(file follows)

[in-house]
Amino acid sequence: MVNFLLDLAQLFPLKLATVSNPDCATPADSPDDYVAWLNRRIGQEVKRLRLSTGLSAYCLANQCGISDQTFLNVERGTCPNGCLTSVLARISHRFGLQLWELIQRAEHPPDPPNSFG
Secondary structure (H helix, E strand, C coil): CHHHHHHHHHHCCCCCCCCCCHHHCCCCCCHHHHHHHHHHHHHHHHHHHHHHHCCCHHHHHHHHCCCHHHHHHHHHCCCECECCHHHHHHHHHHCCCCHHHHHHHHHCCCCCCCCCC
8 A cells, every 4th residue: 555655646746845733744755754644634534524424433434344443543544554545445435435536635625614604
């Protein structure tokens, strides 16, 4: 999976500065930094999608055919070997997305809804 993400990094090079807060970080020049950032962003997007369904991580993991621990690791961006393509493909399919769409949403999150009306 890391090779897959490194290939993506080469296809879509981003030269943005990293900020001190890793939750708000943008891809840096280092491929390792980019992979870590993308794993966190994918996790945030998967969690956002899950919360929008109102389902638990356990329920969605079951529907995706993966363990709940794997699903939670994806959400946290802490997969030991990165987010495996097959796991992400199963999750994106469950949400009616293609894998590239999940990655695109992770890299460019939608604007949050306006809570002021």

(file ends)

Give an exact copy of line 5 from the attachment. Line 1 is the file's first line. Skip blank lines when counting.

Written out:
């Protein structure tokens, strides 16, 4: 999976500065930094999608055919070997997305809804 993400990094090079807060970080020049950032962003997007369904991580993991621990690791961006393509493909399919769409949403999150009306 890391090779897959490194290939993506080469296809879509981003030269943005990293900020001190890793939750708000943008891809840096280092491929390792980019992979870590993308794993966190994918996790945030998967969690956002899950919360929008109102389902638990356990329920969605079951529907995706993966363990709940794997699903939670994806959400946290802490997969030991990165987010495996097959796991992400199963999750994106469950949400009616293609894998590239999940990655695109992770890299460019939608604007949050306006809570002021």